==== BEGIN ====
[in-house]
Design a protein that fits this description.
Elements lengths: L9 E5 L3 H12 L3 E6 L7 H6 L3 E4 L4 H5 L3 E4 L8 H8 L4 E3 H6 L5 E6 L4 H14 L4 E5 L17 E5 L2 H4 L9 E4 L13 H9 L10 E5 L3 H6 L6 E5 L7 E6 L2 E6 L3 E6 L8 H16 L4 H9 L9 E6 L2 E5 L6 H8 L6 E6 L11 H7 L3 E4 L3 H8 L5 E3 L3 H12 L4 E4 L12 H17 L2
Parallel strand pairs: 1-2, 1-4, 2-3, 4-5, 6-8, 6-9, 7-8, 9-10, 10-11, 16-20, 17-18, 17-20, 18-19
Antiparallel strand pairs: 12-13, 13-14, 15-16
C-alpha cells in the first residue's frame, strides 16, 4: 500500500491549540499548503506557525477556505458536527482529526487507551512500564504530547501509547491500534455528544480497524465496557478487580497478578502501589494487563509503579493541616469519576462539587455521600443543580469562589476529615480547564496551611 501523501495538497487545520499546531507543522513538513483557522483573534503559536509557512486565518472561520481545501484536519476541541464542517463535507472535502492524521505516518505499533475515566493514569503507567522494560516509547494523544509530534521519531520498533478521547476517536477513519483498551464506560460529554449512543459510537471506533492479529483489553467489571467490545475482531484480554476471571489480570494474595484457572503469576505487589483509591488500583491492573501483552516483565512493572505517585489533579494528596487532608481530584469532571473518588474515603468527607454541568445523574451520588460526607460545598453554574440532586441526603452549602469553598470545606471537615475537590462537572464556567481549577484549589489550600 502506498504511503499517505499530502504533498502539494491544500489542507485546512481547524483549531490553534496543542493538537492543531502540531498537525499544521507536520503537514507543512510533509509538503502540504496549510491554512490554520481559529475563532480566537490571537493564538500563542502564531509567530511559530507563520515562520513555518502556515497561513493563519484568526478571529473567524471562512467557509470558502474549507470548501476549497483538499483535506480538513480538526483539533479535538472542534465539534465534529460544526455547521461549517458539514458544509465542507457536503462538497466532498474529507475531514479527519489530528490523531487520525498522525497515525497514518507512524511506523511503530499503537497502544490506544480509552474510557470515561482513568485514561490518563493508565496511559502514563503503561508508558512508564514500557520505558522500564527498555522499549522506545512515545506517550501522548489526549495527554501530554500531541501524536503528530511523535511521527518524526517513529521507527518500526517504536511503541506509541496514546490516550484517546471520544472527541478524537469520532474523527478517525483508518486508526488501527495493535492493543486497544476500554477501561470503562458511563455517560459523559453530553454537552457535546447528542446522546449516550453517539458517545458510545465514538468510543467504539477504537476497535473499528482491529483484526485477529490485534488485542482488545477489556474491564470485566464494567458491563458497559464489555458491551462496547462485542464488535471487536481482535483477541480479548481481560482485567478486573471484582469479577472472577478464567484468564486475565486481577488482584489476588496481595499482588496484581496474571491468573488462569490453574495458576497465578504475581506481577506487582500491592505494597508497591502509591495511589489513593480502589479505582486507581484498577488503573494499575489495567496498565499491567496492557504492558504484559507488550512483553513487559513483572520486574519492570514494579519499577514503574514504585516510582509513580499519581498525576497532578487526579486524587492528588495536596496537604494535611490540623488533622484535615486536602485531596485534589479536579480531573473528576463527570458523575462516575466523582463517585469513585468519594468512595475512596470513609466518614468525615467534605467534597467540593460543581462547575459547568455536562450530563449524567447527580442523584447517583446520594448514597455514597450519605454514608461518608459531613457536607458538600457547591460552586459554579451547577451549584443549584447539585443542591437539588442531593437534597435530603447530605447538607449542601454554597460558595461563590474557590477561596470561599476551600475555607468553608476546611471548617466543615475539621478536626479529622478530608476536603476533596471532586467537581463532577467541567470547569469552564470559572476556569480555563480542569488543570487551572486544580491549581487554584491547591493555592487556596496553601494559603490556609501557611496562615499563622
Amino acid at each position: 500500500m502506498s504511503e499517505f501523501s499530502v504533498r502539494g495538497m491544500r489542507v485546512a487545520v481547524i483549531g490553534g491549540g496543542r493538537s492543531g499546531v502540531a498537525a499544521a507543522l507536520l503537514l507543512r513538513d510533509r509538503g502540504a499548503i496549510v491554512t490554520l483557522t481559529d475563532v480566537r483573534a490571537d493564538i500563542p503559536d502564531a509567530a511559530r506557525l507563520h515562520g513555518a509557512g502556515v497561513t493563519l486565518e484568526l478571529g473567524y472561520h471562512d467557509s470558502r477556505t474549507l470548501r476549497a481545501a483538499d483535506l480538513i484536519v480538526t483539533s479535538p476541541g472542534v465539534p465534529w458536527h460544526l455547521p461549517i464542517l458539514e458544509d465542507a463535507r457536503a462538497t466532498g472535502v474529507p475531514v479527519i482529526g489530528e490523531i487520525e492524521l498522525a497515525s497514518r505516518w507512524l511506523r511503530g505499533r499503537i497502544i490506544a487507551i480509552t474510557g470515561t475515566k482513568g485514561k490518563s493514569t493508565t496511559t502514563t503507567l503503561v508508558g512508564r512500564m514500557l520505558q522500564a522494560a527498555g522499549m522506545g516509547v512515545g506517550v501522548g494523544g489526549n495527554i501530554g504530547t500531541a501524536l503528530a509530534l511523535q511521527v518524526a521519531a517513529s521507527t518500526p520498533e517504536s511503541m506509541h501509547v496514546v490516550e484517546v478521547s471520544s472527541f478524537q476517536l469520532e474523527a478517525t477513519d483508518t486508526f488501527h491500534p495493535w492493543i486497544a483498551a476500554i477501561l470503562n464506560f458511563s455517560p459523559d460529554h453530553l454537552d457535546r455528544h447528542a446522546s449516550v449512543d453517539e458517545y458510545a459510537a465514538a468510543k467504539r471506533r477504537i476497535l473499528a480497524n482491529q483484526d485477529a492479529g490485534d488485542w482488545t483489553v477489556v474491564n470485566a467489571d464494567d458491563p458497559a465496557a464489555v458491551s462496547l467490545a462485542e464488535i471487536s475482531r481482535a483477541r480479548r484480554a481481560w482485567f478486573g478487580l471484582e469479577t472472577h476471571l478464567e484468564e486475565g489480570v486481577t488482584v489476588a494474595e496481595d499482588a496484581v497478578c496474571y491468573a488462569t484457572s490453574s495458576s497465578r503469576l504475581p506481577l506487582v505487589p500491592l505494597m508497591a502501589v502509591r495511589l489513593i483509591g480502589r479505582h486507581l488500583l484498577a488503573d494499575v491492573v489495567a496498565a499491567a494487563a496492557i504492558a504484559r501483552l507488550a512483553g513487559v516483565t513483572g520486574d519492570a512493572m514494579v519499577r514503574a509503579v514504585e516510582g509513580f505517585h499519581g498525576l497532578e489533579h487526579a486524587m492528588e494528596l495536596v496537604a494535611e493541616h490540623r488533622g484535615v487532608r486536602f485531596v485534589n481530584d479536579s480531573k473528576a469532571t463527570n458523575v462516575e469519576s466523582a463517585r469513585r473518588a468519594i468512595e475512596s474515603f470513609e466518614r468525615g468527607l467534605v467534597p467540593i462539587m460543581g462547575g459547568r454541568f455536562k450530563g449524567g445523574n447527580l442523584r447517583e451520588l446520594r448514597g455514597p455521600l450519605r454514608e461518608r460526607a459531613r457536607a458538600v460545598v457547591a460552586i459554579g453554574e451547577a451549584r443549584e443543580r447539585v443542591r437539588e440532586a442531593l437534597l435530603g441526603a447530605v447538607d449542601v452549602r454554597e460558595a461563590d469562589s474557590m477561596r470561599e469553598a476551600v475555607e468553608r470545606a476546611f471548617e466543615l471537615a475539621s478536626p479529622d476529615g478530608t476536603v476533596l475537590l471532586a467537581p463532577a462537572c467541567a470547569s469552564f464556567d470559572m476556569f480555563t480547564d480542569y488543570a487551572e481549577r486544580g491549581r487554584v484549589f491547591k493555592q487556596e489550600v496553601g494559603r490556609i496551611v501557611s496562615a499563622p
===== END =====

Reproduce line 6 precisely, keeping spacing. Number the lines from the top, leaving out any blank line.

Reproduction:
C-alpha cells in the first residue's frame, strides 16, 4: 500500500491549540499548503506557525477556505458536527482529526487507551512500564504530547501509547491500534455528544480497524465496557478487580497478578502501589494487563509503579493541616469519576462539587455521600443543580469562589476529615480547564496551611 501523501495538497487545520499546531507543522513538513483557522483573534503559536509557512486565518472561520481545501484536519476541541464542517463535507472535502492524521505516518505499533475515566493514569503507567522494560516509547494523544509530534521519531520498533478521547476517536477513519483498551464506560460529554449512543459510537471506533492479529483489553467489571467490545475482531484480554476471571489480570494474595484457572503469576505487589483509591488500583491492573501483552516483565512493572505517585489533579494528596487532608481530584469532571473518588474515603468527607454541568445523574451520588460526607460545598453554574440532586441526603452549602469553598470545606471537615475537590462537572464556567481549577484549589489550600 502506498504511503499517505499530502504533498502539494491544500489542507485546512481547524483549531490553534496543542493538537492543531502540531498537525499544521507536520503537514507543512510533509509538503502540504496549510491554512490554520481559529475563532480566537490571537493564538500563542502564531509567530511559530507563520515562520513555518502556515497561513493563519484568526478571529473567524471562512467557509470558502474549507470548501476549497483538499483535506480538513480538526483539533479535538472542534465539534465534529460544526455547521461549517458539514458544509465542507457536503462538497466532498474529507475531514479527519489530528490523531487520525498522525497515525497514518507512524511506523511503530499503537497502544490506544480509552474510557470515561482513568485514561490518563493508565496511559502514563503503561508508558512508564514500557520505558522500564527498555522499549522506545512515545506517550501522548489526549495527554501530554500531541501524536503528530511523535511521527518524526517513529521507527518500526517504536511503541506509541496514546490516550484517546471520544472527541478524537469520532474523527478517525483508518486508526488501527495493535492493543486497544476500554477501561470503562458511563455517560459523559453530553454537552457535546447528542446522546449516550453517539458517545458510545465514538468510543467504539477504537476497535473499528482491529483484526485477529490485534488485542482488545477489556474491564470485566464494567458491563458497559464489555458491551462496547462485542464488535471487536481482535483477541480479548481481560482485567478486573471484582469479577472472577478464567484468564486475565486481577488482584489476588496481595499482588496484581496474571491468573488462569490453574495458576497465578504475581506481577506487582500491592505494597508497591502509591495511589489513593480502589479505582486507581484498577488503573494499575489495567496498565499491567496492557504492558504484559507488550512483553513487559513483572520486574519492570514494579519499577514503574514504585516510582509513580499519581498525576497532578487526579486524587492528588495536596496537604494535611490540623488533622484535615486536602485531596485534589479536579480531573473528576463527570458523575462516575466523582463517585469513585468519594468512595475512596470513609466518614468525615467534605467534597467540593460543581462547575459547568455536562450530563449524567447527580442523584447517583446520594448514597455514597450519605454514608461518608459531613457536607458538600457547591460552586459554579451547577451549584443549584447539585443542591437539588442531593437534597435530603447530605447538607449542601454554597460558595461563590474557590477561596470561599476551600475555607468553608476546611471548617466543615475539621478536626479529622478530608476536603476533596471532586467537581463532577467541567470547569469552564470559572476556569480555563480542569488543570487551572486544580491549581487554584491547591493555592487556596496553601494559603490556609501557611496562615499563622